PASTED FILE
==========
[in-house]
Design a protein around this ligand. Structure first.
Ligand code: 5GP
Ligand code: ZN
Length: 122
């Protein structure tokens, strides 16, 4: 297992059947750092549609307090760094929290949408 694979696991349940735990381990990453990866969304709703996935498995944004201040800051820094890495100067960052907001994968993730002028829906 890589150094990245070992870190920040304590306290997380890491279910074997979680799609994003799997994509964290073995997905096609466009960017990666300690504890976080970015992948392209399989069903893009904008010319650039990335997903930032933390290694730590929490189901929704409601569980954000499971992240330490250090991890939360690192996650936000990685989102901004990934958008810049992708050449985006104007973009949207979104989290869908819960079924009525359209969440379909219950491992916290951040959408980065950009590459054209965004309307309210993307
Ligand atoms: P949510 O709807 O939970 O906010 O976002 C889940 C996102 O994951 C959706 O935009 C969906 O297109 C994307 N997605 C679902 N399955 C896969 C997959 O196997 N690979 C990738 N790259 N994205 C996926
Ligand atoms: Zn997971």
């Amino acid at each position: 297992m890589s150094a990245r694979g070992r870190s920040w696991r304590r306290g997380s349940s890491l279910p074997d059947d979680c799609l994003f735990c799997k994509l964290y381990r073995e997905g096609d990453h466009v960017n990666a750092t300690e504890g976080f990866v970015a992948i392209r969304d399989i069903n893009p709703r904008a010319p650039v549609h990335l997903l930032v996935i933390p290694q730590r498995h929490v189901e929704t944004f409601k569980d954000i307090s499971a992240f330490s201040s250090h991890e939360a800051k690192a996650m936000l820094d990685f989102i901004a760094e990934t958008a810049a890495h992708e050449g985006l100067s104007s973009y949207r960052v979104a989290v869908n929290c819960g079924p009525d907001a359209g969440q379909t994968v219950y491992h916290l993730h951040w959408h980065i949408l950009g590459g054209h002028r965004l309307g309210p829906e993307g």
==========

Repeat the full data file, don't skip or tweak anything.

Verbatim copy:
[in-house]
Design a protein around this ligand. Structure first.
Ligand code: 5GP
Ligand code: ZN
Length: 122
């Protein structure tokens, strides 16, 4: 297992059947750092549609307090760094929290949408 694979696991349940735990381990990453990866969304709703996935498995944004201040800051820094890495100067960052907001994968993730002028829906 890589150094990245070992870190920040304590306290997380890491279910074997979680799609994003799997994509964290073995997905096609466009960017990666300690504890976080970015992948392209399989069903893009904008010319650039990335997903930032933390290694730590929490189901929704409601569980954000499971992240330490250090991890939360690192996650936000990685989102901004990934958008810049992708050449985006104007973009949207979104989290869908819960079924009525359209969440379909219950491992916290951040959408980065950009590459054209965004309307309210993307
Ligand atoms: P949510 O709807 O939970 O906010 O976002 C889940 C996102 O994951 C959706 O935009 C969906 O297109 C994307 N997605 C679902 N399955 C896969 C997959 O196997 N690979 C990738 N790259 N994205 C996926
Ligand atoms: Zn997971």
């Amino acid at each position: 297992m890589s150094a990245r694979g070992r870190s920040w696991r304590r306290g997380s349940s890491l279910p074997d059947d979680c799609l994003f735990c799997k994509l964290y381990r073995e997905g096609d990453h466009v960017n990666a750092t300690e504890g976080f990866v970015a992948i392209r969304d399989i069903n893009p709703r904008a010319p650039v549609h990335l997903l930032v996935i933390p290694q730590r498995h929490v189901e929704t944004f409601k569980d954000i307090s499971a992240f330490s201040s250090h991890e939360a800051k690192a996650m936000l820094d990685f989102i901004a760094e990934t958008a810049a890495h992708e050449g985006l100067s104007s973009y949207r960052v979104a989290v869908n929290c819960g079924p009525d907001a359209g969440q379909t994968v219950y491992h916290l993730h951040w959408h980065i949408l950009g590459g054209h002028r965004l309307g309210p829906e993307g």